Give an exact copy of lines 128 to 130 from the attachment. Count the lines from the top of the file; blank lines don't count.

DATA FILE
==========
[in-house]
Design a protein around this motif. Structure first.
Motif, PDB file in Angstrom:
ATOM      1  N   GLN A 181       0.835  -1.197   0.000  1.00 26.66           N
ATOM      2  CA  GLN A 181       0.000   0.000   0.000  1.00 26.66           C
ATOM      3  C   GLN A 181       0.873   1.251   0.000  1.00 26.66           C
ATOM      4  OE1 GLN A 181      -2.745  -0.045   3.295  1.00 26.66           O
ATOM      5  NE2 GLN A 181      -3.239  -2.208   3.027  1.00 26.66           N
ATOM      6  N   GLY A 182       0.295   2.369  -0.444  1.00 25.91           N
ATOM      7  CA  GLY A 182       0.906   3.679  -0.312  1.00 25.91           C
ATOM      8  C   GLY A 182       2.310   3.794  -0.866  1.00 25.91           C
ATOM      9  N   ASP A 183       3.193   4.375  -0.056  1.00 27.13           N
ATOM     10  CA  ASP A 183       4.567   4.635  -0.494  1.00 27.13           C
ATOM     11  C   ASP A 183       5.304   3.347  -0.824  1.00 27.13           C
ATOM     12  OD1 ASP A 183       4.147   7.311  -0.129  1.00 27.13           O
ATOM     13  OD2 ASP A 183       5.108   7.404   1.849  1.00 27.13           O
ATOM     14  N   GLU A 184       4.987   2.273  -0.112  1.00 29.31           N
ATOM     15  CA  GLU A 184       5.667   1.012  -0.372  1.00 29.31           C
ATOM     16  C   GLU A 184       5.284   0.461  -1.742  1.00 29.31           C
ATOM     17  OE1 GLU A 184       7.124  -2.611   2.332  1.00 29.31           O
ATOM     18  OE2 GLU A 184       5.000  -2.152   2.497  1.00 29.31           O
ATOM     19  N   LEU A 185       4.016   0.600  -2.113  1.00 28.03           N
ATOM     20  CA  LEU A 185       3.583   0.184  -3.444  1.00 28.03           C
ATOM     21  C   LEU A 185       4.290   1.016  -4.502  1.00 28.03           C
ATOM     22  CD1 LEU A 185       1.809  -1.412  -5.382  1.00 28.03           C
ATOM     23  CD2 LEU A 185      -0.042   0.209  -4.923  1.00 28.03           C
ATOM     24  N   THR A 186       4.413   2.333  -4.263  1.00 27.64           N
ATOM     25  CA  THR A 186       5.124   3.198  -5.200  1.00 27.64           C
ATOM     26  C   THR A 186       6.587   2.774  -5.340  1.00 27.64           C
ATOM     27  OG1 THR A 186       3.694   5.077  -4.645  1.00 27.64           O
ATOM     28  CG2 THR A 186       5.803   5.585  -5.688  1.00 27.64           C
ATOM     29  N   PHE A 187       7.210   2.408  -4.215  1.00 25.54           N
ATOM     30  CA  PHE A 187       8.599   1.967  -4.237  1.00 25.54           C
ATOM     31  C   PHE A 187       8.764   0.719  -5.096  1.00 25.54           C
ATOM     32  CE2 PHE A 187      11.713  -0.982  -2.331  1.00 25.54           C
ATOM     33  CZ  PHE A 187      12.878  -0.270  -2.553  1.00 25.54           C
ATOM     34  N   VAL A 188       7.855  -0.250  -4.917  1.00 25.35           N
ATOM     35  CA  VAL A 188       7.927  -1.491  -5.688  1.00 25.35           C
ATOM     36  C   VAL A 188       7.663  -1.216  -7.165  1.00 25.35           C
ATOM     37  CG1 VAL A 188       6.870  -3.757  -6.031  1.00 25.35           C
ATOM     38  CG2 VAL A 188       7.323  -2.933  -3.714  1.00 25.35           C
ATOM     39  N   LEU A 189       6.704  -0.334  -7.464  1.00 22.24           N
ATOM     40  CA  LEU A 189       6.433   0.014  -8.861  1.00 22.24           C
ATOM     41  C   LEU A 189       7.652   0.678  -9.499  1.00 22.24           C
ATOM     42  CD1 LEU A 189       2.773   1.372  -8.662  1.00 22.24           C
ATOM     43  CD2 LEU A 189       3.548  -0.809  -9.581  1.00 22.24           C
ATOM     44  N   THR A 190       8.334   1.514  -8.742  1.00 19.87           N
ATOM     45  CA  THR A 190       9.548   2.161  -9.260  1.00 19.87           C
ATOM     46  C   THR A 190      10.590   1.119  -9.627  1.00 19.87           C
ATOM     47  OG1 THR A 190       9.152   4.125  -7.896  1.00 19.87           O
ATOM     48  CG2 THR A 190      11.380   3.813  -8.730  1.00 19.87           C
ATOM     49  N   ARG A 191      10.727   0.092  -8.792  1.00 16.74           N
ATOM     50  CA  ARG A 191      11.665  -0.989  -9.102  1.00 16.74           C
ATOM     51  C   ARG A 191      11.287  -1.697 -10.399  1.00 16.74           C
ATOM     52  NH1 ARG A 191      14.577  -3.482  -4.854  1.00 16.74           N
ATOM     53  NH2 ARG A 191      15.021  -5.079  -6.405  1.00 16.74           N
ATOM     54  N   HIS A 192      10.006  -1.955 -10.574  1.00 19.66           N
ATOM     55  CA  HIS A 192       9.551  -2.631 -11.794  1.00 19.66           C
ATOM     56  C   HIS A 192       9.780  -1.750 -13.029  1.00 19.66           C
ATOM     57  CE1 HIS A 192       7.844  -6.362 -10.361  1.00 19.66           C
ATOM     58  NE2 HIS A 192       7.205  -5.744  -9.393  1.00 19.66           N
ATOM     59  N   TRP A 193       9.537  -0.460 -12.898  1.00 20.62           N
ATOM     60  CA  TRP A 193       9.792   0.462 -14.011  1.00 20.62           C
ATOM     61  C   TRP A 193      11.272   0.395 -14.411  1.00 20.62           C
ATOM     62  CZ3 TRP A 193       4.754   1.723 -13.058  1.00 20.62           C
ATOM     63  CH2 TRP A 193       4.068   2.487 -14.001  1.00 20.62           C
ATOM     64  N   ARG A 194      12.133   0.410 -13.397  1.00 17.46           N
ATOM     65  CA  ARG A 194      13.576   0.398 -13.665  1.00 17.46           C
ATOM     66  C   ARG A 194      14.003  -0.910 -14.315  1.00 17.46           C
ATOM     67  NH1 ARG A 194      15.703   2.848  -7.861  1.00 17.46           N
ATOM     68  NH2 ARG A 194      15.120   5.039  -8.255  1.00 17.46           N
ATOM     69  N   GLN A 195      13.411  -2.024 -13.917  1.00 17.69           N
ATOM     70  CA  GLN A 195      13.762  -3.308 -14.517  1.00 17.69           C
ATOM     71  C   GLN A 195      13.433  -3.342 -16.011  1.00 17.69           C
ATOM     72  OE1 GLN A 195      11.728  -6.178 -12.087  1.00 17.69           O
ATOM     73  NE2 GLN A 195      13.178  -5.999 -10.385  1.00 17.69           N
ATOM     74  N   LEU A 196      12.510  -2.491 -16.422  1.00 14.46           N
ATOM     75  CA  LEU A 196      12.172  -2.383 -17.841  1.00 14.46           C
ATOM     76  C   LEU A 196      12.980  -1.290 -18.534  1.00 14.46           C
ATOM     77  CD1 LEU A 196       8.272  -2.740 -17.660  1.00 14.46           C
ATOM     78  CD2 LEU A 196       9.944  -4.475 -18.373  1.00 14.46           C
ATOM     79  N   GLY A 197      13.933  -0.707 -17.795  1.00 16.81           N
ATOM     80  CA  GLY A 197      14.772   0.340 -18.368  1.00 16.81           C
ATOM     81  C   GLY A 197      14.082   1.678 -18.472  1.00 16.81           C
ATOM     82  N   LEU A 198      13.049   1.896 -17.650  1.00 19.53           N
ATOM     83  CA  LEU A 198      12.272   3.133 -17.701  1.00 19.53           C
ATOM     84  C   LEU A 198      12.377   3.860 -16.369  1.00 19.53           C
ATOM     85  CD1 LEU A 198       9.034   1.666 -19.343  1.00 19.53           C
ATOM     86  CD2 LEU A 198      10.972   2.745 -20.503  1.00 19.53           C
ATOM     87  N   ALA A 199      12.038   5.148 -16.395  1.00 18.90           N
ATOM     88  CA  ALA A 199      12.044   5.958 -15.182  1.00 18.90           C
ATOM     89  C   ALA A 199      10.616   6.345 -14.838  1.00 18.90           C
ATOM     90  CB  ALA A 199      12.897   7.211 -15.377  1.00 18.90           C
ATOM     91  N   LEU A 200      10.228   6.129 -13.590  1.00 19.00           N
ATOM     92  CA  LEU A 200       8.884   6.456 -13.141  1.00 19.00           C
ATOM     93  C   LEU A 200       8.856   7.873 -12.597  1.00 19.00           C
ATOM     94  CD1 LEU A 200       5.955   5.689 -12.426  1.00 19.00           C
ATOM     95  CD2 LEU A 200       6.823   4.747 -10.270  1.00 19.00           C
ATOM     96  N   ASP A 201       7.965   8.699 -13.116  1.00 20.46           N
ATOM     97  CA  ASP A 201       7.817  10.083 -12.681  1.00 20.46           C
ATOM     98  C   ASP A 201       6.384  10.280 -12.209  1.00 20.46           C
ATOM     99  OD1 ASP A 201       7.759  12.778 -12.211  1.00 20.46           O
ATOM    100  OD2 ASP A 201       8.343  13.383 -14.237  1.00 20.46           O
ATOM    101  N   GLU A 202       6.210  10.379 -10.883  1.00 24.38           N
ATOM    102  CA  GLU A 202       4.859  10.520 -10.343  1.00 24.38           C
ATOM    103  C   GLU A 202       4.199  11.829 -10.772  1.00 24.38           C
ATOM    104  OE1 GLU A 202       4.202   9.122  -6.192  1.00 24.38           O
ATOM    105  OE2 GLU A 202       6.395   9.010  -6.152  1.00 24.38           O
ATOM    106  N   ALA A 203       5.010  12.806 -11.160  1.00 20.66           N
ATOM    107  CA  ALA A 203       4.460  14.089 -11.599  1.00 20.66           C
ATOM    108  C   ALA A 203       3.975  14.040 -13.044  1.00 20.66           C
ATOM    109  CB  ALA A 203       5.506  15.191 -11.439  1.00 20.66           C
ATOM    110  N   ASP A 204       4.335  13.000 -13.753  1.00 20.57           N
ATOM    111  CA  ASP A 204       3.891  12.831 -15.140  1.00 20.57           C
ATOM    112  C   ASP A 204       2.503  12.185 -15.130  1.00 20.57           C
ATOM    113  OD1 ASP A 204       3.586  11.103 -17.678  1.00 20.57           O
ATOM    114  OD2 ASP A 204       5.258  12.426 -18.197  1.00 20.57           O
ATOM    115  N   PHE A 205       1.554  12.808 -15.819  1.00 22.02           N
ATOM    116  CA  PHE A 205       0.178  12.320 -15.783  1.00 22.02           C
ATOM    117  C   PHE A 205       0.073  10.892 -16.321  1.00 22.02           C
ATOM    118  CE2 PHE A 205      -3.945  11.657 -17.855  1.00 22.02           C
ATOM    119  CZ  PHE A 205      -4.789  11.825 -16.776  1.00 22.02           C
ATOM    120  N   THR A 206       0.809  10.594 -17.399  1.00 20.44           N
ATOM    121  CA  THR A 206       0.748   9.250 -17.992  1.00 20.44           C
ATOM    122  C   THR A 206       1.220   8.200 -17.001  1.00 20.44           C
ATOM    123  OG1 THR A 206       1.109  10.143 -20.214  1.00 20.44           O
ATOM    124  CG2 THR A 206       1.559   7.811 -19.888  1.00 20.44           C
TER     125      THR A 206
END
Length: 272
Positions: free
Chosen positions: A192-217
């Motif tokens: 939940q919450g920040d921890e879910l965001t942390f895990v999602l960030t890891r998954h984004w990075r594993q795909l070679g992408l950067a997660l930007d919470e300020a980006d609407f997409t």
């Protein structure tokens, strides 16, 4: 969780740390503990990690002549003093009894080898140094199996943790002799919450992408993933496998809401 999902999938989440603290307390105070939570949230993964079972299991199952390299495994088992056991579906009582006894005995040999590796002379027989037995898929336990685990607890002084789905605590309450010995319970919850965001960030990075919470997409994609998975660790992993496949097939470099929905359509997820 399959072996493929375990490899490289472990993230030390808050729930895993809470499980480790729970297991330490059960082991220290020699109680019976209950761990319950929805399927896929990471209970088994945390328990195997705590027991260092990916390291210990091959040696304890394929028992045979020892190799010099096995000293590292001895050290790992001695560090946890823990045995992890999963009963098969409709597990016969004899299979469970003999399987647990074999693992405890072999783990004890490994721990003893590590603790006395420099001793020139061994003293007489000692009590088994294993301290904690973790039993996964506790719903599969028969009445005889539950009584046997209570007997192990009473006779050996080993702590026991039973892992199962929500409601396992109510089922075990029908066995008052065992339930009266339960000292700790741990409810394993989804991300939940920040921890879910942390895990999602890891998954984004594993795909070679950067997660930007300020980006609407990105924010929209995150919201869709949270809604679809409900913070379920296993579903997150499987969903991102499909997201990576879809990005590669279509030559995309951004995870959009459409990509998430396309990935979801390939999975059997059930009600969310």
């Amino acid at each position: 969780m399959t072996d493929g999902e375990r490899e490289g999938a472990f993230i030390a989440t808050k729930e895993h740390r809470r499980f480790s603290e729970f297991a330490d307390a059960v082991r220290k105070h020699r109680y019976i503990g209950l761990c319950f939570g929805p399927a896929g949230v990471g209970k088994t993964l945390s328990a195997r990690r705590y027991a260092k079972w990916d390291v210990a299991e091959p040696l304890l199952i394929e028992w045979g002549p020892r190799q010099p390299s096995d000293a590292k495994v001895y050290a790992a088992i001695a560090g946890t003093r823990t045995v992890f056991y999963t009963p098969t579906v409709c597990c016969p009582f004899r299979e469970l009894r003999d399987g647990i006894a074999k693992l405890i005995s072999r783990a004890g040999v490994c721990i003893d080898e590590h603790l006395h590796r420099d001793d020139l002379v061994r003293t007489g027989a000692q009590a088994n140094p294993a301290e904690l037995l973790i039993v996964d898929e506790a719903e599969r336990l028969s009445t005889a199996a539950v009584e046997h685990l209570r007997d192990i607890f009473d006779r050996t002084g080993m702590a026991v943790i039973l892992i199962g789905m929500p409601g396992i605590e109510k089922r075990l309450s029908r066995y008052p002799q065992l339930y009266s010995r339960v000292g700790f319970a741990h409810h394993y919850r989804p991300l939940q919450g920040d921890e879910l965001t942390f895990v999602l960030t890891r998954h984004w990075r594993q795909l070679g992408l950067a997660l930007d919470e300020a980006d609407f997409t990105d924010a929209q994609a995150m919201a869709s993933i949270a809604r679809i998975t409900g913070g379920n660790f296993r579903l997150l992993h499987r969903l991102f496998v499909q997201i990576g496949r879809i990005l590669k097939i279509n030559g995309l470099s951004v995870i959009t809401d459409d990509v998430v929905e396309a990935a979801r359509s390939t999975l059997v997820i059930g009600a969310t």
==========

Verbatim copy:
TER     125      THR A 206
END
Length: 272